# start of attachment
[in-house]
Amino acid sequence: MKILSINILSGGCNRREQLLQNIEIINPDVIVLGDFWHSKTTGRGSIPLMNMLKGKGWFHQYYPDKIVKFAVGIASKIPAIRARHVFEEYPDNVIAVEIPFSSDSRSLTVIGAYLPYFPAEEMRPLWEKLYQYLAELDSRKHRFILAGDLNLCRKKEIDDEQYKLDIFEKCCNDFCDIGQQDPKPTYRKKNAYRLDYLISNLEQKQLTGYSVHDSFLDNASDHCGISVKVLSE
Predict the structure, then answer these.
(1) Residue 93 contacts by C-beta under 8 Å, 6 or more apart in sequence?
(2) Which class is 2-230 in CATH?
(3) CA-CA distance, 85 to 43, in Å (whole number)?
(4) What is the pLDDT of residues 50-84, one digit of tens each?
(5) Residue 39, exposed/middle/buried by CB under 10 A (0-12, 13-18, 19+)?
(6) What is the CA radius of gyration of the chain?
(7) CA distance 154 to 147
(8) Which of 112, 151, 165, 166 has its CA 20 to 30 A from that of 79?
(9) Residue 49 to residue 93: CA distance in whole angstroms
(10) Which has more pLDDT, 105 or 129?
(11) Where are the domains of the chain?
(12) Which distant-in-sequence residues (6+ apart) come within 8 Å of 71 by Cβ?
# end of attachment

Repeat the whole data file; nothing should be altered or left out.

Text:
[in-house]
Amino acid sequence: MKILSINILSGGCNRREQLLQNIEIINPDVIVLGDFWHSKTTGRGSIPLMNMLKGKGWFHQYYPDKIVKFAVGIASKIPAIRARHVFEEYPDNVIAVEIPFSSDSRSLTVIGAYLPYFPAEEMRPLWEKLYQYLAELDSRKHRFILAGDLNLCRKKEIDDEQYKLDIFEKCCNDFCDIGQQDPKPTYRKKNAYRLDYLISNLEQKQLTGYSVHDSFLDNASDHCGISVKVLSE
Predict the structure, then answer these.
(1) Residue 93 contacts by C-beta under 8 Å, 6 or more apart in sequence?
(2) Which class is 2-230 in CATH?
(3) CA-CA distance, 85 to 43, in Å (whole number)?
(4) What is the pLDDT of residues 50-84, one digit of tens each?
(5) Residue 39, exposed/middle/buried by CB under 10 A (0-12, 13-18, 19+)?
(6) What is the CA radius of gyration of the chain?
(7) CA distance 154 to 147
(8) Which of 112, 151, 165, 166 has its CA 20 to 30 A from that of 79?
(9) Residue 49 to residue 93: CA distance in whole angstroms
(10) Which has more pLDDT, 105 or 129?
(11) Where are the domains of the chain?
(12) Which distant-in-sequence residues (6+ apart) come within 8 Å of 71 by Cβ?